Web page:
Old Master Sculpture and Works of Art
09 July 2009 | 2:30 PM BST
English, late 14th/15th century
Estimate: 8,000 — 12,000 GBP
LOT SOLD. 70,850 GBP (Hammer Price with Buyer’s Premium)
engraved gold, set with a sapphire in hexagonal collet, inscribed: JOYE SANZ FYN (joy without end) on the interior
inside diameter: 1.8cm., 7/8 in.
Found near St. Oswald’s Church, Winwick, Cheshire
‘Ring is Real Treasure’, in The Warrington Guardian, 26 April 2008
Techniques — Engraving
A fifteenth century English ring
yellow gold, mounted with an uncut diamond crystal, of octahedral form cleaved in half in a square box-shaped bezel with chamfered edges, to a twisted cable form hoop with alternating twists of engraved cross hatching.
The diamond is of Indian origin. In the fifteenth century India was the sole source for diamonds and they were traded from the subcontinent to Venice, Antwerp and Amsterdam. The presence of a rough diamond crystal in a ring of this period is unusual. As diamonds had been cut in Europe since the early fourteenth century and by the fifteenth century point cut stones were used. The diamond in the ring has a peculiar crystal habit; it has grown irregularly, with ridges along the edges of the stone. It was probably left uncut because this unusual crystal form was prized.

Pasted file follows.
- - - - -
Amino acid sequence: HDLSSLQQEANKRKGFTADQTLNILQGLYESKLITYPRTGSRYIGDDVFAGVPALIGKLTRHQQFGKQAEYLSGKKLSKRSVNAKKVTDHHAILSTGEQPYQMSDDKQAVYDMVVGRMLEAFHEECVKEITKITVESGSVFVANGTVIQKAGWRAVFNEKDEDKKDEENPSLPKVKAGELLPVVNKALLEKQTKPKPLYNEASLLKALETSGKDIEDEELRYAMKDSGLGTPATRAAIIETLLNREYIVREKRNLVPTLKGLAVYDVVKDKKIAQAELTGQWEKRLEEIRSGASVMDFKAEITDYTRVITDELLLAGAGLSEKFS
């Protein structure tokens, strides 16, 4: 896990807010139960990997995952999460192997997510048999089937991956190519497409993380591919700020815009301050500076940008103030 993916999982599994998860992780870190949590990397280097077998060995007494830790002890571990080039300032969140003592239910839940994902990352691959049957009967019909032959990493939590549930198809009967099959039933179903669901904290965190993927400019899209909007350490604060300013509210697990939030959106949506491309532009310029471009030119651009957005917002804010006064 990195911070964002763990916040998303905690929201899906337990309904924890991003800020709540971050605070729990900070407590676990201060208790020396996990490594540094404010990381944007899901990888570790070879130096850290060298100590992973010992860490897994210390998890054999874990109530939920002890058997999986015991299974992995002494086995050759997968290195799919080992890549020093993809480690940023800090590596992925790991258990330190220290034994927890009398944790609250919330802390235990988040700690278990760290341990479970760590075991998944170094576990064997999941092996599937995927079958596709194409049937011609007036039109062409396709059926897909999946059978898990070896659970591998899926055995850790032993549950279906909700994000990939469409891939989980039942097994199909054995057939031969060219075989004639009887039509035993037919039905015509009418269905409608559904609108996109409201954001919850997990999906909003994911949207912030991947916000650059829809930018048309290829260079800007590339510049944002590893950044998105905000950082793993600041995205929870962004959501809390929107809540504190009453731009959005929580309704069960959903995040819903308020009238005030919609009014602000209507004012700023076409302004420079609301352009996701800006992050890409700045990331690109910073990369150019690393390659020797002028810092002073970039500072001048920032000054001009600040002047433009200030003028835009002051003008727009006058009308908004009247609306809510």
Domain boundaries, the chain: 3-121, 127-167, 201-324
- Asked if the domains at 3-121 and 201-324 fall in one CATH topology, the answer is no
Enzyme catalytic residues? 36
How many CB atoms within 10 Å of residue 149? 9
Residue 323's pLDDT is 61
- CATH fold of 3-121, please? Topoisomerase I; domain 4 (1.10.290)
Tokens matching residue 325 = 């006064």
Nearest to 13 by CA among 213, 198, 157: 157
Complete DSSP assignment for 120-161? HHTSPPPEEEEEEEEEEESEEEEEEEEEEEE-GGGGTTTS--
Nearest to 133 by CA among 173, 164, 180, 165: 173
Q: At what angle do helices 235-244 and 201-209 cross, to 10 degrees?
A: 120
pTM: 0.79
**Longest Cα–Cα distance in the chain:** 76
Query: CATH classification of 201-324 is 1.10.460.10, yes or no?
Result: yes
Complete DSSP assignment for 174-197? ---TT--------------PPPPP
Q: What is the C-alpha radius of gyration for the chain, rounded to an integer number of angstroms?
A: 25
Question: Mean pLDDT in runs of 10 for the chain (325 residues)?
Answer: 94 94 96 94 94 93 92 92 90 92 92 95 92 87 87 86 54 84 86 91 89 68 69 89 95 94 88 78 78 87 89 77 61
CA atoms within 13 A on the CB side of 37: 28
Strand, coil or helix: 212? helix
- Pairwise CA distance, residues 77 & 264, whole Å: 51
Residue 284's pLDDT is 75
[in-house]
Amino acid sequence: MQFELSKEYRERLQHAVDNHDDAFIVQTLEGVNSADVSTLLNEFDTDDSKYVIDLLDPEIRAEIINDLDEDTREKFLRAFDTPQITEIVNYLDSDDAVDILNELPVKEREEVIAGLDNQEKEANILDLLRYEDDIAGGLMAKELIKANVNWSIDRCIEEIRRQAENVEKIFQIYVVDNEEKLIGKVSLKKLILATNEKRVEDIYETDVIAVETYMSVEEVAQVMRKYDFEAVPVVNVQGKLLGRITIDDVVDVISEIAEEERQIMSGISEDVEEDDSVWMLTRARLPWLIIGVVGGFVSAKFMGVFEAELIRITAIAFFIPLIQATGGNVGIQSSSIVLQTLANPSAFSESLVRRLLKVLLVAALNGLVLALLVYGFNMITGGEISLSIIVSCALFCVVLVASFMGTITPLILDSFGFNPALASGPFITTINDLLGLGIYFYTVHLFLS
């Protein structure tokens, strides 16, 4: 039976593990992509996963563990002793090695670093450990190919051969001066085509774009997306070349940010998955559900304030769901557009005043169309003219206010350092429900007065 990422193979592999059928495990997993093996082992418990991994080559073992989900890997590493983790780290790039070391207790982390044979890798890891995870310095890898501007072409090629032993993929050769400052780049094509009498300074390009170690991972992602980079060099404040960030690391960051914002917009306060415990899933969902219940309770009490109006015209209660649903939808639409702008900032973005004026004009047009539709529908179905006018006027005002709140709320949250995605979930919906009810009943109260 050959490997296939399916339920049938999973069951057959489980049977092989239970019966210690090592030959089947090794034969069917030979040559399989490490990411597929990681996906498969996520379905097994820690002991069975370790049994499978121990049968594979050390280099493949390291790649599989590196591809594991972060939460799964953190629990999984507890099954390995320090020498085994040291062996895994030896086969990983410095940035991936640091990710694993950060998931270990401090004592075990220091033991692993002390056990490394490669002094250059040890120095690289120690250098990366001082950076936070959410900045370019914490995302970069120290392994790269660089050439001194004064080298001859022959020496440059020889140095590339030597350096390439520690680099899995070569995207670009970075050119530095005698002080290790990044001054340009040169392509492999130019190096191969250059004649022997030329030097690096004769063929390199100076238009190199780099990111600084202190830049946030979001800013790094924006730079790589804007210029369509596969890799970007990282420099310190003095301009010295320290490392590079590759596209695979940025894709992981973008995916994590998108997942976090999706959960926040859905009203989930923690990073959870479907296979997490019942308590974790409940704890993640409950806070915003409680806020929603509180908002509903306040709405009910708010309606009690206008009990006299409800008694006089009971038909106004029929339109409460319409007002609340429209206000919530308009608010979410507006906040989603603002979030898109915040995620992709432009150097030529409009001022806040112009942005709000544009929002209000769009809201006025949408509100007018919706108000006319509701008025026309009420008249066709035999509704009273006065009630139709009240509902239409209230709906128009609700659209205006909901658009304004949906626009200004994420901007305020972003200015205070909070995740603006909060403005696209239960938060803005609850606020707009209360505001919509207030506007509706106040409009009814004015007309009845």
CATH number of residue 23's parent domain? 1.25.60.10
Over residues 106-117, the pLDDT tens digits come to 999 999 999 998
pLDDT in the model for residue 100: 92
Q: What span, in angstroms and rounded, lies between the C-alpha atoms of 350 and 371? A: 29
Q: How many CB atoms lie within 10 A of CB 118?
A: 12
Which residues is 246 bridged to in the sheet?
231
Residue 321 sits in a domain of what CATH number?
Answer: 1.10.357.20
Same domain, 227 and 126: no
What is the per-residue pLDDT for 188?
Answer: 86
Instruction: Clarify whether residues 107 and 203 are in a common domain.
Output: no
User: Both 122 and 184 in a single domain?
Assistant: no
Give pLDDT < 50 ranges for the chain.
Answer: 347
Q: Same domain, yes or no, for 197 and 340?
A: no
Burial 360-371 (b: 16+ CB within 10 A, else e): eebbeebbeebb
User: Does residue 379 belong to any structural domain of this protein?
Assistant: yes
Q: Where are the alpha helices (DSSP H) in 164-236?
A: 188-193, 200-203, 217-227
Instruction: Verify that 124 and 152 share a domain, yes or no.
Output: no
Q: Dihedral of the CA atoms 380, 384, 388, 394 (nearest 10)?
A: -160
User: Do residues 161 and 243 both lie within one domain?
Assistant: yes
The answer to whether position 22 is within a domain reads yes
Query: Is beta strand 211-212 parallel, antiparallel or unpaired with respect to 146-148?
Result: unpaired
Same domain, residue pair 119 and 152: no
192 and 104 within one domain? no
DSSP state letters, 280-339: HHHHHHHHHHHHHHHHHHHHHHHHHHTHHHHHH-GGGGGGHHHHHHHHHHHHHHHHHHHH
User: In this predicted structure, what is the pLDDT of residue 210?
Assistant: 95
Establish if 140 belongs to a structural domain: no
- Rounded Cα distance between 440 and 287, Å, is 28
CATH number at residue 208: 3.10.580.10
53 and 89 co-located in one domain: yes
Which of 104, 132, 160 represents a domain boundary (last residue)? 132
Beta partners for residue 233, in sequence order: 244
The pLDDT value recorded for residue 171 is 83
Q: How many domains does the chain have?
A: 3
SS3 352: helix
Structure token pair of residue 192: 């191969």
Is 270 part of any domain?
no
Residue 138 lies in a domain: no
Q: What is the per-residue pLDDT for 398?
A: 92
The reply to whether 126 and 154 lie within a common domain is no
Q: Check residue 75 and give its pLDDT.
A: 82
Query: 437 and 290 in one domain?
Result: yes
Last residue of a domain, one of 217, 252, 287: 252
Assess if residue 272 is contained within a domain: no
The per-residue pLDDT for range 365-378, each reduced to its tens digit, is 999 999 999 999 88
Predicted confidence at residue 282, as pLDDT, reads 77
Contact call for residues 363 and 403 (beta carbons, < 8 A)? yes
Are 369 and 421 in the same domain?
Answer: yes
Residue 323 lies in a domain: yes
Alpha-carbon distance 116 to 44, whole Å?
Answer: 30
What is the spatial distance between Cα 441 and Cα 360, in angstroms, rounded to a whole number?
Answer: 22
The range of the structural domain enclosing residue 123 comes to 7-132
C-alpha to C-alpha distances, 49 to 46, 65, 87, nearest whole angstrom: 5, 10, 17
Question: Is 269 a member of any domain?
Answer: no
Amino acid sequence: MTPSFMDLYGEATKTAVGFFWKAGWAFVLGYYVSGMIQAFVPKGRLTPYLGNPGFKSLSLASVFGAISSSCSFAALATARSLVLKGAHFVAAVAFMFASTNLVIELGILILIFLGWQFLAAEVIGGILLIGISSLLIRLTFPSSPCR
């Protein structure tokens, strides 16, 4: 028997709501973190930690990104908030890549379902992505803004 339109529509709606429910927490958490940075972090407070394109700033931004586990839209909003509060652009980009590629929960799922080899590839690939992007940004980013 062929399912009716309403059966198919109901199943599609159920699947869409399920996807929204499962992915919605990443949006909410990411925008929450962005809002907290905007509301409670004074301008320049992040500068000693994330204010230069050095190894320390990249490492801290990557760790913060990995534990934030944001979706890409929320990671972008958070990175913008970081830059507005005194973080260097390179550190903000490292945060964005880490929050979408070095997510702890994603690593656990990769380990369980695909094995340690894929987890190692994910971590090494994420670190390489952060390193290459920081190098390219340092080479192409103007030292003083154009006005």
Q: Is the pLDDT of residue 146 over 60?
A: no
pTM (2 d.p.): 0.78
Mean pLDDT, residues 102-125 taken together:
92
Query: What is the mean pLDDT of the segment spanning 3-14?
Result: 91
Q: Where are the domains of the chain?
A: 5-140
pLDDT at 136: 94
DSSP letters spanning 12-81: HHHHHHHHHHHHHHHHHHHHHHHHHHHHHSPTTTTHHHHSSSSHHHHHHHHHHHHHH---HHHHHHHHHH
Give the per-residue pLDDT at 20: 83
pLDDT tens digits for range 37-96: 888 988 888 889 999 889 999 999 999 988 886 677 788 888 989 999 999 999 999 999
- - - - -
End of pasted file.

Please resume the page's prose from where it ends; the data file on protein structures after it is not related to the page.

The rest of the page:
English, circa 1460.
Discovered on 15th June 2008 by a metal detectorist in the area of Hambleton. Hambleton is a village nearby the Cistercian Abbey of Rievaulx in North Yorkshire. Treasure report no. 2008 T367. Disclaimed on 25th September 2009.
For another example of a fifteenth century ring mounted with a diamond crystal and one showing similar cabling hoop detail C.f. O.M. Dalton, Catalogue of Finger Rings in the British Museum (1912) nos. 720 & 928.
An important high carat gold medieval ring set with a natural irregular hexagonal cut sapphire, decorated with fine engravings and inscribed on the inside of the shank with the text ‘Loyal Desir’ which means legal or loyal desire which indicates the ring is a love token; for marriage or just a token of affection, early 15th century.